Combat climate change

Recently, the Government Accountability Office published a report, “Climate Change: Information on Potential Economic Effects Could Help Guide Federal Efforts to Reduce Fiscal Exposure,” which was requested by Sens. Susan Collins, R-Maine, and Maria Cantwell, D-Washington. The report says the economic loss from natural disasters over the last decade exceeds $300 billion. The report also says if hurricanes and wildfires continue as they did this year, the annual cost will reach $35 billion by 2050.

I want to thank Collins for having the foresight to request the report. Maine’s farming and fishing industries are intrinsically linked to a warming planet. We must do two things: build communities that are more resilient in the face of extreme natural disasters, and combat climate change. To this end, we should incentivize the development of renewable energy and end subsidies to energy sources that pollute and contribute to climate change including oil, coal and gas. We give subsidies — estimated at $10 billion a year — to these companies to dirty our water, soil, and air.

I strongly urge Collins to support a carbon fee and dividend model and to sign on to the proposed End Polluter Welfare Act to combat climate change.

Samantha Le


Gun violence inaction

Upon a few hours’ mature consideration, it turns out that the incident in the Texas church is “ not a gun problem.” So explains our president, and it seems we must take his word for it. This diagnosis is a great relief to lawmakers everywhere, for it means that there is nothing they could have done or must do now to avert or mitigate such tragedies in the future. Instead, it is a “mental health” matter. As we all know, we don’t know how to deal with those very well; and as Congress knows, it’s not their problem at all.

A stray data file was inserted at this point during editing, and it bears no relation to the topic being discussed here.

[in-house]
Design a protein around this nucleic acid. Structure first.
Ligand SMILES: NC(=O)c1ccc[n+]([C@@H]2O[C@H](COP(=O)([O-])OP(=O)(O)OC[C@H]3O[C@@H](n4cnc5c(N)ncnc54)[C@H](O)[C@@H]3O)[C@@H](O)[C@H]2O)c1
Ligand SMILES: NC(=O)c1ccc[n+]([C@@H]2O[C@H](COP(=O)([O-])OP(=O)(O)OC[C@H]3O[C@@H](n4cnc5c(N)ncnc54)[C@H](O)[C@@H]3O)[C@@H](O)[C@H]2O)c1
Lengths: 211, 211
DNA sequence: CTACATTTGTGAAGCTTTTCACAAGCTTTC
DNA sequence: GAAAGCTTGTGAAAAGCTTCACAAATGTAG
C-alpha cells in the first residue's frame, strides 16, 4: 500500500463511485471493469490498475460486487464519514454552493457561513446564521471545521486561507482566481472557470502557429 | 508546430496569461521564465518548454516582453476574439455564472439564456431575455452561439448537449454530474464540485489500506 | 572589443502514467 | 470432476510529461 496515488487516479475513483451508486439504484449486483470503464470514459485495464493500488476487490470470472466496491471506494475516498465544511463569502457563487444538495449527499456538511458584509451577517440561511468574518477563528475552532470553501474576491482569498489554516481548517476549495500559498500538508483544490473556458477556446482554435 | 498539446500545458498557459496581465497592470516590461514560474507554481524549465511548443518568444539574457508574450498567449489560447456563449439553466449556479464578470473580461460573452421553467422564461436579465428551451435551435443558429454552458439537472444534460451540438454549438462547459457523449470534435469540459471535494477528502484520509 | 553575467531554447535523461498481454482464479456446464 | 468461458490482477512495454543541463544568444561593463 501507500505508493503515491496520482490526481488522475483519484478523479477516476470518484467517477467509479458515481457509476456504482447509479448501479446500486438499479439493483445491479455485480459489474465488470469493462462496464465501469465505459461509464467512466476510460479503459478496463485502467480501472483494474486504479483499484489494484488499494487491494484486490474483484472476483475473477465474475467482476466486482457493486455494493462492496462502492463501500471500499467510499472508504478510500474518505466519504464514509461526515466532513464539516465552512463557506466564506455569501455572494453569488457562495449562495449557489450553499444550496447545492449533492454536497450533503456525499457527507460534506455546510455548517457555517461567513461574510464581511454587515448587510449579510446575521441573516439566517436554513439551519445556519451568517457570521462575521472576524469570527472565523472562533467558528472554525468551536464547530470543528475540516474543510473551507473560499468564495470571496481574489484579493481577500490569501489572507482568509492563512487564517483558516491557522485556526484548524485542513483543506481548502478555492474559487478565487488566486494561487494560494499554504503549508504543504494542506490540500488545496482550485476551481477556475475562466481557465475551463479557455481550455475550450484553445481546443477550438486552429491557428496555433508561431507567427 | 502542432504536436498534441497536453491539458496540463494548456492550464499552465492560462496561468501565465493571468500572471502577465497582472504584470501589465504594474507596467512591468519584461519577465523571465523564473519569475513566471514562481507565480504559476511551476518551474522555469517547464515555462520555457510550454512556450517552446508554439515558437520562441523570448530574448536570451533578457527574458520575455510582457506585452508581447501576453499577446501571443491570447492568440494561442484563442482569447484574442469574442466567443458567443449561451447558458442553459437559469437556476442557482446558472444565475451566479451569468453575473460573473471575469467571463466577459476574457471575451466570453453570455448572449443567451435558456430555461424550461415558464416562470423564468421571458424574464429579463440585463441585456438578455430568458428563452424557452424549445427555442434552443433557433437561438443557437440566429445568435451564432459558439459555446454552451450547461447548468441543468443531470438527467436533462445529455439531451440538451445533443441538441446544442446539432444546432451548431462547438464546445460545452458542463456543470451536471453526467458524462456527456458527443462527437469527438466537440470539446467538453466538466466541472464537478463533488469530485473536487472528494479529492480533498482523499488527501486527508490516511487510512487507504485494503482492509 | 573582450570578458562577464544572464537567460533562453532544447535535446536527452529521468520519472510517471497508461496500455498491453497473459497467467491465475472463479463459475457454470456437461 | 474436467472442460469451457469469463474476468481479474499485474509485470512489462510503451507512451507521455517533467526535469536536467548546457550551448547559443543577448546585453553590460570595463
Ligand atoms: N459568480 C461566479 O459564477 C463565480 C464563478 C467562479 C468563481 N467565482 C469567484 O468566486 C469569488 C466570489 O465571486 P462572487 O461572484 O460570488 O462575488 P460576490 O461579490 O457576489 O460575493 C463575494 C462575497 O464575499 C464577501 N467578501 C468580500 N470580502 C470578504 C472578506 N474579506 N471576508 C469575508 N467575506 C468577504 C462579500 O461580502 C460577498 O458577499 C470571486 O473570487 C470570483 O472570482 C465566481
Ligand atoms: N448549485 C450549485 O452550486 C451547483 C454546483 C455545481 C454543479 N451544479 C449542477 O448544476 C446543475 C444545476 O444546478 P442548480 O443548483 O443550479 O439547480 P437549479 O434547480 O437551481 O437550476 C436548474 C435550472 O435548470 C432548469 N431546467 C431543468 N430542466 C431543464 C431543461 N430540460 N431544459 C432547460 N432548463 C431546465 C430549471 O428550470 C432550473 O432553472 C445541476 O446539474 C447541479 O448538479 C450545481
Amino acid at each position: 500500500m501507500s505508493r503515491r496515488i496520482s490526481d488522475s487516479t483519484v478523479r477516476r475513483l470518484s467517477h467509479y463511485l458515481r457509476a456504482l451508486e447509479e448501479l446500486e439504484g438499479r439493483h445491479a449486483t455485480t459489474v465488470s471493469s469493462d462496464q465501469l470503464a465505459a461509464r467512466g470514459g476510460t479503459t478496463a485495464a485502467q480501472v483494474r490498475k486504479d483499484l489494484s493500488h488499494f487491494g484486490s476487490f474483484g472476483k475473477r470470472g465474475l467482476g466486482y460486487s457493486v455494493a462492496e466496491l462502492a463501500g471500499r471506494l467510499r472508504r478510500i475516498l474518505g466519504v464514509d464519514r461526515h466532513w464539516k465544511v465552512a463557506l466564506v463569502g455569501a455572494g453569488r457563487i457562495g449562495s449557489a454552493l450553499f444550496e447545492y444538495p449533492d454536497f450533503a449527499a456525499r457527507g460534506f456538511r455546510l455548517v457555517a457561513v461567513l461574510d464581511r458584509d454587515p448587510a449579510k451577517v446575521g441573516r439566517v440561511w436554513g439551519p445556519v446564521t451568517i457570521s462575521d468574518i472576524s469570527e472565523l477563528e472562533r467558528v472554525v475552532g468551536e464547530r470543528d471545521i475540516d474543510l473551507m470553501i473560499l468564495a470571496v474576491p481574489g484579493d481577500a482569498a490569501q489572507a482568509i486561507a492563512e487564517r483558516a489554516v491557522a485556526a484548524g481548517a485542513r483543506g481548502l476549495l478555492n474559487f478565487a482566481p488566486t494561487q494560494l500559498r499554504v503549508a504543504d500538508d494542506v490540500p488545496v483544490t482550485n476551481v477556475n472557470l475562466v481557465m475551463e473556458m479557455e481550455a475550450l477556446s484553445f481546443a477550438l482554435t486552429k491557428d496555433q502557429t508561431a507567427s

So, all is well. These things will happen. It’s life on Earth. Remember that business in Las Vegas a little while back? Fifty-eight dead, and so on? There was some talk then about the man in Las Vegas who turned a semi-automatic rifle into one that performed very much like an automatic one. Maybe, some ventured, it should be banned. The idea became moot, with gun shops selling out of the item within days, even before it became forgotten.

All the pious pronouncements from our “leaders” amount to a giant and wary, “Tsk tsk!” The news channels will cover the first one or two funerals and then let us move on.

Robert McHenry


Support family caregivers

November is National Family Caregivers Month, when more than 15 million Americans caring for someone with Alzheimer’s are recognized and honored. Caring for Alzheimer’s victims extends beyond effects on health, it also includes negative effects on income and financial security.

I was one of those caregivers providing care for my husband, Roland, who suffered from Alzheimer’s. A heavy impact was made on our financial status, as well as going through emotional stress due to the burden of caring for my loved one 24 hours a day.

Congress is now considering legislation that would provide much needed support to family caregivers. The Recognize, Assist, Include, Support and Engage (RAISE) family Caregivers Act would facilitate the creation of national strategy to address the many issues facing caregivers including education and training, and financial stability and security.

In September, the Senate unanimously passed the act, sending a message of support to our nation’s caregivers. I am so thankful to Sens. Susan Collins and Angus King for supporting the RAISE Family Caregivers Act, which has yet to be passed by the House of Representatives. Please join me in asking and encouraging Reps. Chellie Pingree and Bruce Poliquin for their support.

Elizabeth Martin


Alzheimer’s Association